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Why Data Privacy is so Critical to the Customer Experience

3 min read
data privacy

As I was unsubscribing large number of junk emails today, I was thinking, it’s one thing to ‘unsubscribe’ and declutter the inbox, but over the last few years how many companies have I given my data to? How many companies ‘out in the ether’ would have details of my address, birthdate, email address, physical address even though they may no longer be sending me spam?

As we approach a new and exciting era of the tech savvy consumer, retailers have access to more consumer data than ever. Being able to provide personalised customer experiences is pivotal to the retail experience, and customers are often willing to provide sensitive data. This customer data, whether that is in the form of loyalty cards, competitions entries or purchase history, comes with the expectation that it will be treated with the utmost security. Think Vodafone – failure to adequately protect consumers’ privacy can tarnish your reputation, hinder the ability to build a trusting relationship with consumers, and attract hefty costs. Therefore, it is no longer an option to turn a blind eye when it comes to understanding and complying with privacy laws.

What is the relevant law?

In brief, if you are a retailer with an annual turnover of that exceeds $3 million, you must comply with the Privacy Act 1988, the Australian Privacy Principles and the Notifiable Data Breach Scheme. The Privacy Act 1988 (Cth) (Privacy Act) is an Australian law which regulates the management, storing, access and correction of personal information about individuals. Additionally, if there is a data breach, under the Notifiable Data Breach Scheme then you may be required to notify the regulator of the breach regardless of annual turnover.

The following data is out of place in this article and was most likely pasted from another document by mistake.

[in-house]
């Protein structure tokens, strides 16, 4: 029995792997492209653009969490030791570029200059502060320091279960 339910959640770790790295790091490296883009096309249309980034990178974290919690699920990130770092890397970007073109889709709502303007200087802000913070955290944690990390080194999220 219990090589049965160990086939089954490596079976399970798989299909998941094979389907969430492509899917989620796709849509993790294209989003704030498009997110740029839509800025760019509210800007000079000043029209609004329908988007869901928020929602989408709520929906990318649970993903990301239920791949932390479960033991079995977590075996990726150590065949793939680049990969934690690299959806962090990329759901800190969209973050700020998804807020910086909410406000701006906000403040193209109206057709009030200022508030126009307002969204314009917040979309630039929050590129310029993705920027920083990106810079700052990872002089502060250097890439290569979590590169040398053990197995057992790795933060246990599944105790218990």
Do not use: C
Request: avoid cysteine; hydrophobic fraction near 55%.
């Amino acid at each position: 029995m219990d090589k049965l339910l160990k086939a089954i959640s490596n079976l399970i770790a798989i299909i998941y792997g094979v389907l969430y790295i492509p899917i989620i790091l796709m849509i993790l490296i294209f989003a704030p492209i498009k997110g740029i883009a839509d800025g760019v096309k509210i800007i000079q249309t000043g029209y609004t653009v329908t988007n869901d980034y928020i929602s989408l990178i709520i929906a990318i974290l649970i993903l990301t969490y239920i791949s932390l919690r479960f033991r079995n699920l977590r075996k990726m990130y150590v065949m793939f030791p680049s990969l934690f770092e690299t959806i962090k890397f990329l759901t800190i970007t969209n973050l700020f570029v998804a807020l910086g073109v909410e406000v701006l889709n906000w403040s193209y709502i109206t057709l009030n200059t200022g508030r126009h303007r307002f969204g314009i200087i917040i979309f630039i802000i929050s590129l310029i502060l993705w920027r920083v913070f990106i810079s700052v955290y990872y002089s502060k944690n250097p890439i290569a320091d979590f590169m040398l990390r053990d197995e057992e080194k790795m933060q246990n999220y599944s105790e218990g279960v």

Retailers must ensure reasonable steps are taken to destroy or de-identify personal information when it is no longer needed and ensure that procedures are in place to store customer information securely. For example, storing customer information on a personal mobile device which does not provide encryption software and is not owned by the company may been deemed to be inadequate in protecting client’s personal information from theft and misuse. If a procedure is not in place instructing staff how to manage customer data, employees may be left to guess what is appropriate and what is not, which can lead to unintended privacy breaches.

What do I do in the event of a data breach?

Under the Notifiable Data Breach Scheme, any entity who believes that they have been subjected to an ‘eligible data breach’ will be required to self-report to the Office of the Australian Information Commissioner (OAIC). These breaches can result in a civil penalty particularly where breaches are considered serious and repeated.

Are Legal Operations the answer?

Good leaders require good advisors, particularly when retailers dabble in a wide variety of matters and thereby leave themselves with blind spots – a common oversight is in relation to maintaining customer privacy. Retailers need to be aware of what they ‘don’t know’ and engage the right experts at the right time.

In order to address some of the growing legal complexities affecting retail, many retailers are utilising Legal Operations to function as a safety net to minimise risk and prevent avoidable and costly delays in their business objectives. Particularly with the complexities of privacy obligations for retailers, Legal Operations can help retailers to avoid penalties through diligent review of privacy and legal obligations, establishing procedures and protocols, and acting prompting in the event of a data breach.

Peace of mind

Whilst it is unlikely that your customers read the fine print of your privacy policy, the reality is that a privacy breach can result in bad press, reputational damage and financial penalties.

As a manager, owner or person responsible at a busy retailer, having the right policies and procedures in place can provide piece of mind to you and your customers. Your customers can feel comfortable handing over their data with the knowledge that you take privacy seriously and that your employees will not inadvertently breach the law. You can breathe a sigh of relief knowing that not only have you done all you can to minimise a breach, so that if one happens your liability is mitigated, but that the reality is that in talking about privacy, acting by having great policies and education in place, the actual risk of a breach is also minimised.

If you haven’t check out this cybersecurity article, read it now here.


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